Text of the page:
Friday, August 31, 2007

Goodbye to Summer

On my way home yesterday i sat on the Kingston/Edmonds ferry reading my book when i looked up and saw a woman and her child standing outside on the deck, enjoying the sunshine. I felt compelled to put the book away (rarity) and take the stairs to the top of the glad i was a perfect summer day - sunshine, little wind and calm water...i tend to be a bit melancholy at this point in the season - i want to savor the last bit of summer but i don't want it to leave. i don't want change, even though i love autumn. Maybe it's because there was so little summer to be had this year for us Northwesterners........but whatever the reason i'm glad i crawled out of my head where i spend way too much of my time for that half hour of heaven onboard the walla walla!

Monday, August 6, 2007

Dominus Vobiscum

In the catholic church of my youth the mass was always celebrated in Latin. I can still recall some of the phrases used by the priest who had his back to us. "Kyrie Eleison" and "In nomine Patris, et Filii, + et Spiritus Sancti. Amen." are two that i remember but the most familiar would be "dominus vobiscum" to which we would reply, "et cum spiritu tuo" a kid i thought we were saying etcum spirit 2-2-0!!!! ("the lord be with you" & "and also with you")...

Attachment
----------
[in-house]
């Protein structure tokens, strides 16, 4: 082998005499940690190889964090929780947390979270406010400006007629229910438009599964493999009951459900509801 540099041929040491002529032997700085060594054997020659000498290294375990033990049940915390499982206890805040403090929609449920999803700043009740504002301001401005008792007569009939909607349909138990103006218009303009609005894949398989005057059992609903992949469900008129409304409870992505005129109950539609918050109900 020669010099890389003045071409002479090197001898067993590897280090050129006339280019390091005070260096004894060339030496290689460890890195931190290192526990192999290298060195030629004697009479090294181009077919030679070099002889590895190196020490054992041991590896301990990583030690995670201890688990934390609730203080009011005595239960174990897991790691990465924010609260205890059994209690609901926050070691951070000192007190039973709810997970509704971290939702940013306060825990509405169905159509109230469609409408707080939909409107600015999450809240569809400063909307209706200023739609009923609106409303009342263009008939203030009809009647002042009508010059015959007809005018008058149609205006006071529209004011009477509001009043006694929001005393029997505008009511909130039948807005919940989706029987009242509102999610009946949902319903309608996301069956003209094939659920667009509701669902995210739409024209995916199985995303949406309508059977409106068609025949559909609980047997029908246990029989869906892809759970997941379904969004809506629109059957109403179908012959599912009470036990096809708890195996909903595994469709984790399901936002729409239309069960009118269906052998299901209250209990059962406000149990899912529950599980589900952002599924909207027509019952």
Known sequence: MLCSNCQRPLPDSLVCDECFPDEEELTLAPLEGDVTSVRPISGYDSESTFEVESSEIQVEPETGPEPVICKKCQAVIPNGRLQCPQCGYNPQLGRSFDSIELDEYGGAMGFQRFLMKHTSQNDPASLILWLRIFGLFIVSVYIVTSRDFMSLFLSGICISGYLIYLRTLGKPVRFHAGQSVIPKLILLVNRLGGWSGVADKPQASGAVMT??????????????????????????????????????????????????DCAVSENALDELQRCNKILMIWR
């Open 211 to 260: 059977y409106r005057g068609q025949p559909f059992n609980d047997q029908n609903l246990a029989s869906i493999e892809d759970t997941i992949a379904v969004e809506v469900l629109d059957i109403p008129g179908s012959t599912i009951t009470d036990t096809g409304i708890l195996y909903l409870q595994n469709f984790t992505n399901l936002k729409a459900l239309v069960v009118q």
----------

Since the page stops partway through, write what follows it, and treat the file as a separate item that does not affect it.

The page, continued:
So why am i writing about this? because i long for fresh views of what these prayers mean that we find in the liturgy. As a child they were rote and spoken in a dead language but in my new home of the Episcopal church the collect is read by the celebrant before the readings of the day. I recently picked up a book of collect prayers in a used bookstore and was amazed by how beautiful they were and read that "collective prayer is an inclusive event". I'm still learning what that might mean but i found it interesting that there is more than one translation for the exchange that occurs before the collect. In the catholic church which used latin, DOMINUS VOBISCUM did sound a bit like a spell out of a harry potter book! Besides "the Lord be with you" which connotes something that will happen in the future i discovered that it can be translated as "the Lord IS with you" or better yet "the Lord is HERE, His Spirit is with us." And i need to know that God is here, right now, in this place...and when the celebrant ends with "let us pray" before the reading of the collect i will be thinking "collective prayer"...we're all in this together!